Tom Moynihan: So perhaps some of the audience might be able to see some similarities with the scientific worldview, with the Aristotelian pitch that I was talking about. But one thing is that if you think you’re typical within time, and we live in this world where, as you mentioned earlier, life is popping up everywhere, you probably just think that it’s a regular occurrence for life to pop up. So spontaneous generation was the theory of the origin of life, which is that basically life is an ongoing process all the time, just emerging. And for a similar reason, you might want to claim from uniformitarian presuppositions that life is cotemporal or coterminous with inorganic matter.
Tom Moynihan: I say all that basically to defend Erasmus Darwin. He was using scientific principles that we still use today, and were actually historically very useful. But he was using these principles in the wrong way to arrive at this kind of nuts conclusion. But a similar one, just quickly to finish this, a similar kind of idea persisted well into the 1900s regarding panspermia. So instead of spontaneous generation, people wanted to say that life doesn’t just emerge constantly out of nonliving matter. Louis Pasteur demonstrated that with some experiments in the 1860s. So people wanted to say where does life come from. But since origins are bad and unscientific — Aristotle himself said you can’t have a science of a singular event — because they’re bad and unscientific, let’s just presume that life is just everywhere in the universe and is cotemporal, co-eternal within organic matter. And it’s just floating around from planet to planet on asteroids.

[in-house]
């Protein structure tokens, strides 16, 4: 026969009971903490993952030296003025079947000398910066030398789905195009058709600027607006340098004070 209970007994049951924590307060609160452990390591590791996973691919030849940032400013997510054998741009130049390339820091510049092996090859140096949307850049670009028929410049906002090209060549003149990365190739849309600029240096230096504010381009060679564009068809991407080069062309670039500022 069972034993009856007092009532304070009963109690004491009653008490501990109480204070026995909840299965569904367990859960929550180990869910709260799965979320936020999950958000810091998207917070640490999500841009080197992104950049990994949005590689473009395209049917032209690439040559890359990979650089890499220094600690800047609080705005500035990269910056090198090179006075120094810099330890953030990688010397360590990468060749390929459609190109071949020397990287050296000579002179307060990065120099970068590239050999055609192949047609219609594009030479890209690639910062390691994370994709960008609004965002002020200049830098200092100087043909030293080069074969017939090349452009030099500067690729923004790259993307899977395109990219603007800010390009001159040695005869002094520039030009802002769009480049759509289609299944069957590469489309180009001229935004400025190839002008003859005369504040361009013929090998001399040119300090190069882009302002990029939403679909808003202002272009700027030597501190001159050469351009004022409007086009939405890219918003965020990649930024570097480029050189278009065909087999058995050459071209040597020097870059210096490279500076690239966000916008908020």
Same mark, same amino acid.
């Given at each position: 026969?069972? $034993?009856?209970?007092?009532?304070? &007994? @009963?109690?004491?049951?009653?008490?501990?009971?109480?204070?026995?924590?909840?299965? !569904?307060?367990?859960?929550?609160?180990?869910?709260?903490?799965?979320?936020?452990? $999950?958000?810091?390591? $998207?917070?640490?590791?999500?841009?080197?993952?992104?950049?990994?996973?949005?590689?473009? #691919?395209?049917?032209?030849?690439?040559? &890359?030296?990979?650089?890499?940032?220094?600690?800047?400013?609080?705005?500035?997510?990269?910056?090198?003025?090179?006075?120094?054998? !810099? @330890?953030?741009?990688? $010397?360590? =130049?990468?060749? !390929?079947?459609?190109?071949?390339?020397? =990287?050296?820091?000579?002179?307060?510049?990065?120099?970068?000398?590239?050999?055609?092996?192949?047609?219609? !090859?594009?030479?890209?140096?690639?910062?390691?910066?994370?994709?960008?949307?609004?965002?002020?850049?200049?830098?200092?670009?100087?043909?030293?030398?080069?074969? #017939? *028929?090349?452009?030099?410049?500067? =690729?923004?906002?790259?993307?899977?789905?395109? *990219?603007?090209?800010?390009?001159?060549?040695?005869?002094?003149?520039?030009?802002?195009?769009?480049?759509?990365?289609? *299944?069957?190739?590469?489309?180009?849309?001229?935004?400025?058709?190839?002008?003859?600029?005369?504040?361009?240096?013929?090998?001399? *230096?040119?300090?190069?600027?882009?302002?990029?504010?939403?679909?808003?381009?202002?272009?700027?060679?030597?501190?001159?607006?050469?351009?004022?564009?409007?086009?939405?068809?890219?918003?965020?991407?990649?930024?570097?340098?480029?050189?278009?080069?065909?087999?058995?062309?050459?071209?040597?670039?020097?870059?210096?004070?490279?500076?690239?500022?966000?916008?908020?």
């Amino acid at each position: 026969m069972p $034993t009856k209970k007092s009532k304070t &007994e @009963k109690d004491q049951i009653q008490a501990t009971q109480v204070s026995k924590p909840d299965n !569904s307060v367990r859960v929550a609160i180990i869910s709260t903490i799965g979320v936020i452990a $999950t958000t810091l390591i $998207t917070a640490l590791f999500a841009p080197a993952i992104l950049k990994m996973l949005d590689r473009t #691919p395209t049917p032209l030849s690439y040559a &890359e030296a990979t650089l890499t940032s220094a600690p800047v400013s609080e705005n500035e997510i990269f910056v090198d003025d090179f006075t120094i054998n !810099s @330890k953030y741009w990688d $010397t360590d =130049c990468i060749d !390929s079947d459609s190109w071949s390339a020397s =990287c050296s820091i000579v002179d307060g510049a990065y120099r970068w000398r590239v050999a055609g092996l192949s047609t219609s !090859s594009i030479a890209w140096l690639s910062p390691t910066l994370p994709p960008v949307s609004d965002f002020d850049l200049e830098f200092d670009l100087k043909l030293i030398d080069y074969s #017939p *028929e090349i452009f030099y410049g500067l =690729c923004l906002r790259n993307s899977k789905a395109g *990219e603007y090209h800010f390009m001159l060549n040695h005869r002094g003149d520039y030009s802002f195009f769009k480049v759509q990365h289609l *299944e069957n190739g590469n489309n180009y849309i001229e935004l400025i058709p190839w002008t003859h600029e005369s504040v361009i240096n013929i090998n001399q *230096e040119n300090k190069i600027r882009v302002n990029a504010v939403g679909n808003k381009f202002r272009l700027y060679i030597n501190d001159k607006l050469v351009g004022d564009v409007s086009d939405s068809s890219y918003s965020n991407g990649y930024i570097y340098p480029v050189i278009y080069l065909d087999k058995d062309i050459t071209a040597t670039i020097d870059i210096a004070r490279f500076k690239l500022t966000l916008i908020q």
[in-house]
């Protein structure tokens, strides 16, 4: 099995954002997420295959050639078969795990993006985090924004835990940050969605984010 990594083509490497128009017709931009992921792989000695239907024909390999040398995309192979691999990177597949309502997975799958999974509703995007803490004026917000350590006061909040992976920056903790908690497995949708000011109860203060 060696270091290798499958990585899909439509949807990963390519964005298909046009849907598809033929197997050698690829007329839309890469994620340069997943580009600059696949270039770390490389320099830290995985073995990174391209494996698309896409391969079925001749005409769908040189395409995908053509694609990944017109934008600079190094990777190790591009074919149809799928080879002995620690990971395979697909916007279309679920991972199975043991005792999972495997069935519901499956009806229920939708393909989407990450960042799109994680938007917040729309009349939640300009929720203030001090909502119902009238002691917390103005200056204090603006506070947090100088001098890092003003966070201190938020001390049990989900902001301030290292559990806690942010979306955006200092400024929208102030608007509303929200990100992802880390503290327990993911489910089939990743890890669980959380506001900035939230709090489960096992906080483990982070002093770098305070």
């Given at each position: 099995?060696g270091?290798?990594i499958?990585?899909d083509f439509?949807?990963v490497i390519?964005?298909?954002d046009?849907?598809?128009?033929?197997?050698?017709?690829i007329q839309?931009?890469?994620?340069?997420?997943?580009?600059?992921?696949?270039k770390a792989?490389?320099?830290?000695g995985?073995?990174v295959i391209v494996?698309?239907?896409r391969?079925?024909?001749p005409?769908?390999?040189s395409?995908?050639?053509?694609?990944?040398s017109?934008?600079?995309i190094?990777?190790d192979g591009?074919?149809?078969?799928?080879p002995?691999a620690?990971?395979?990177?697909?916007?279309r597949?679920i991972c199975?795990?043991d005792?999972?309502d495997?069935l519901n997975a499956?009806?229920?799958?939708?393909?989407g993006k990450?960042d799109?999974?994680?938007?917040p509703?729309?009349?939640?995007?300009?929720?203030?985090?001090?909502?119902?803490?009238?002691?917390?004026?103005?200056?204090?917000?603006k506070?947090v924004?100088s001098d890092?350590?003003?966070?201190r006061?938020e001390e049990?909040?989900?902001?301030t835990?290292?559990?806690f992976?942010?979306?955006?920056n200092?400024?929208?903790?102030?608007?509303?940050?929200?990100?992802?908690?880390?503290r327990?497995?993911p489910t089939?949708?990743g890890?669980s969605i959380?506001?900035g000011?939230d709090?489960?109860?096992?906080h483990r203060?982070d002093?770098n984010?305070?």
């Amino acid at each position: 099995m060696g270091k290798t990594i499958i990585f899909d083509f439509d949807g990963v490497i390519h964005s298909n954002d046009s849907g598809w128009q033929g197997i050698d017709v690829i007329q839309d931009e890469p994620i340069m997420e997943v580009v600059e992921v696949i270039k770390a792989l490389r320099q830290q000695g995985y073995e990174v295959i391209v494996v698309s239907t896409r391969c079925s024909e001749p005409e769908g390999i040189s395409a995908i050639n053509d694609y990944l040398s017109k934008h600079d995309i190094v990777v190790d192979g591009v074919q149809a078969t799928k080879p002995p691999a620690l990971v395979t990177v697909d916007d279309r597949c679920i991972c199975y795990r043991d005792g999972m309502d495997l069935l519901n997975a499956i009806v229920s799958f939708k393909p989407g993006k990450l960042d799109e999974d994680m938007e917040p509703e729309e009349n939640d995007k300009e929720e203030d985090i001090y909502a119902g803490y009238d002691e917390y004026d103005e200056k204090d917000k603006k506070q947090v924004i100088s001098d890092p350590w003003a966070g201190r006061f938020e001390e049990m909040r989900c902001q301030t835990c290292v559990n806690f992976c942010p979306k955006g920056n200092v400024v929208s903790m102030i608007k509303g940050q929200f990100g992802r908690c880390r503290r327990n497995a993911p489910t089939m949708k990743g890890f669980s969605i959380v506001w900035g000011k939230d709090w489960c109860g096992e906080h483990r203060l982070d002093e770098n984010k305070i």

Rob Wiblin: Which we still take seriously.
Tom Moynihan: The thing is that all the people that made this claim originally — so Lord Kelvin, Helmholtz, they were people that have subscribed to it — they explicitly said that an entailment of this theory is that life is eternal and is basically a constitutive element of the universe in the same way that inorganic matter is.
How we got past these theories [00:51:19]